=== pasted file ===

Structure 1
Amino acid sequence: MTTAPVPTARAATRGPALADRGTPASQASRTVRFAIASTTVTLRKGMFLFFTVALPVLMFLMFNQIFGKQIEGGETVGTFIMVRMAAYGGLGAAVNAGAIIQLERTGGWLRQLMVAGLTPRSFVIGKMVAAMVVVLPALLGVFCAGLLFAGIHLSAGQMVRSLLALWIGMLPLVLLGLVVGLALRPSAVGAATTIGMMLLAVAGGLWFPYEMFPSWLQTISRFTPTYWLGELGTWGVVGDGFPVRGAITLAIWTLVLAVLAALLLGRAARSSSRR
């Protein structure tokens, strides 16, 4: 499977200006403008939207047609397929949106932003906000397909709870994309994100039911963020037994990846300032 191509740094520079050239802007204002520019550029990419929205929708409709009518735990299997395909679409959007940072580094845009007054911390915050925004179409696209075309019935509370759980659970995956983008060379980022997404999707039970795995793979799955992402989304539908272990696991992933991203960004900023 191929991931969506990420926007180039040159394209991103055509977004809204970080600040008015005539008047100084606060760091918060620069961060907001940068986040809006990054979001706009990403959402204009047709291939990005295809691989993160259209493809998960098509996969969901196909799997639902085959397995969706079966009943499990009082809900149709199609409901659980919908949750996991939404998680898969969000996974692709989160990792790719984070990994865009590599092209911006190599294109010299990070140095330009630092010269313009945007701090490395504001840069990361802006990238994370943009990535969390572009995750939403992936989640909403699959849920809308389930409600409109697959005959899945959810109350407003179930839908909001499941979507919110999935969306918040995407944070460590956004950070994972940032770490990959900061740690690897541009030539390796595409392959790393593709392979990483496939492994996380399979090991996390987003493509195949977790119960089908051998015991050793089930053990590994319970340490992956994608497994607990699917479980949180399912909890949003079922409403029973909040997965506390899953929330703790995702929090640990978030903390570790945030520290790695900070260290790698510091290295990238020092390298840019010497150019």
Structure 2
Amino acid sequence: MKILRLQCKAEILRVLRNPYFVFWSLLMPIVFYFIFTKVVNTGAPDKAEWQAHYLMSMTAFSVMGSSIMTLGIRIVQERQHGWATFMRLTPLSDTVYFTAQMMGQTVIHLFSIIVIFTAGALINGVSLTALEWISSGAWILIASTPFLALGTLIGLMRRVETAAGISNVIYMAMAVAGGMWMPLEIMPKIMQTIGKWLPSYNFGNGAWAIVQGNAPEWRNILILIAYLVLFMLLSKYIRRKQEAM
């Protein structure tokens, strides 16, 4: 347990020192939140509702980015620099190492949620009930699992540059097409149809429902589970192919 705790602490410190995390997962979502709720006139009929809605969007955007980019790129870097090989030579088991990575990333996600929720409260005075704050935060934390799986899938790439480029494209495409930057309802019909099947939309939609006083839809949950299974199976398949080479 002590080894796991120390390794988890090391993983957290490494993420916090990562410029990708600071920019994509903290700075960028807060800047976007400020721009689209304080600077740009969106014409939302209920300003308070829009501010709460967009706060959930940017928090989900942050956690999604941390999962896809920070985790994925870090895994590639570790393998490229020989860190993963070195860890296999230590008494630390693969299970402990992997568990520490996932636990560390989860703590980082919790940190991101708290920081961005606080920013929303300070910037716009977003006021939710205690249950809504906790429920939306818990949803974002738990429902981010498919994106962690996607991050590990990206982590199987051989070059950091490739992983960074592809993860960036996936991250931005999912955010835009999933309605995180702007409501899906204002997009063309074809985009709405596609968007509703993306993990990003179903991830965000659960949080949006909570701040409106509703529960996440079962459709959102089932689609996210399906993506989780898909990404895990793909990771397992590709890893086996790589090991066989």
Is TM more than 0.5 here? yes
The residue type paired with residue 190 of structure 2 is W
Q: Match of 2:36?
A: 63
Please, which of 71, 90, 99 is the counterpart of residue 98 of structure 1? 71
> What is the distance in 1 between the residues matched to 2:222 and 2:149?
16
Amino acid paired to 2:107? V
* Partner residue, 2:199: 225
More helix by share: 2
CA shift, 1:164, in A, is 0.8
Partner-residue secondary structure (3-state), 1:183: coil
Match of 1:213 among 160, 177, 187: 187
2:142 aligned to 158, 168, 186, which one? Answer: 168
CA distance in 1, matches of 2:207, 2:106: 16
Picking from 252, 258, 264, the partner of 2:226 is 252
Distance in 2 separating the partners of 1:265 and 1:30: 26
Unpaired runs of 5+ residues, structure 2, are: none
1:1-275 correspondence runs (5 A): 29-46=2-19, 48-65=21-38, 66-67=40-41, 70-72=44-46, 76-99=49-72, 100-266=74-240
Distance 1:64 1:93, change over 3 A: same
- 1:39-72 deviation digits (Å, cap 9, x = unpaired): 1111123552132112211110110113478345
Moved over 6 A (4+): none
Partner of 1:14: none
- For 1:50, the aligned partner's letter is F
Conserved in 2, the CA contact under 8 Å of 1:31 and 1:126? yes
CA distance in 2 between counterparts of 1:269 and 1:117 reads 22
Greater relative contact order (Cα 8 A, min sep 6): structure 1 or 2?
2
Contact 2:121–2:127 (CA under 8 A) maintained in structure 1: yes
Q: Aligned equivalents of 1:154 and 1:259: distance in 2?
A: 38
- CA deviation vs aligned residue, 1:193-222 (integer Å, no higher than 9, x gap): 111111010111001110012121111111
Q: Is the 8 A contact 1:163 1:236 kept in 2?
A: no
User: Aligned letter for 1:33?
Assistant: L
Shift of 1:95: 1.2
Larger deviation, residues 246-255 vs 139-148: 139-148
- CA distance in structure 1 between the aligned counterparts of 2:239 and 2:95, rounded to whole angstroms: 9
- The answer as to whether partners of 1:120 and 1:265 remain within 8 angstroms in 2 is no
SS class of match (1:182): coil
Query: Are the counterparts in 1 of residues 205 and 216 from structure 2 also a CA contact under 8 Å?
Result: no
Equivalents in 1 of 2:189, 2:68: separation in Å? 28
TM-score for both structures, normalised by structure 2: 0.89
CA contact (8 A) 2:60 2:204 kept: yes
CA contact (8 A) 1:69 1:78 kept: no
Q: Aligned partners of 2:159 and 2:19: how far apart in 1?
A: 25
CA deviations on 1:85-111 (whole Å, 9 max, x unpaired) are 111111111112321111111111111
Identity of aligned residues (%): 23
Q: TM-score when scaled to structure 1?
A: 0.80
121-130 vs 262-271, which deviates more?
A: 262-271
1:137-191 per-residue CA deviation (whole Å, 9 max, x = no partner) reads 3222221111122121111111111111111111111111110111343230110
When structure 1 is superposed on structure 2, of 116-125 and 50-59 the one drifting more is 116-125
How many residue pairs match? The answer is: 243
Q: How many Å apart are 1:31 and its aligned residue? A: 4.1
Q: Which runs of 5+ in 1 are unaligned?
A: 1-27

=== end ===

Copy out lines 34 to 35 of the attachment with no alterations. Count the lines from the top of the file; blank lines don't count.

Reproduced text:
2
Contact 2:121–2:127 (CA under 8 A) maintained in structure 1: yes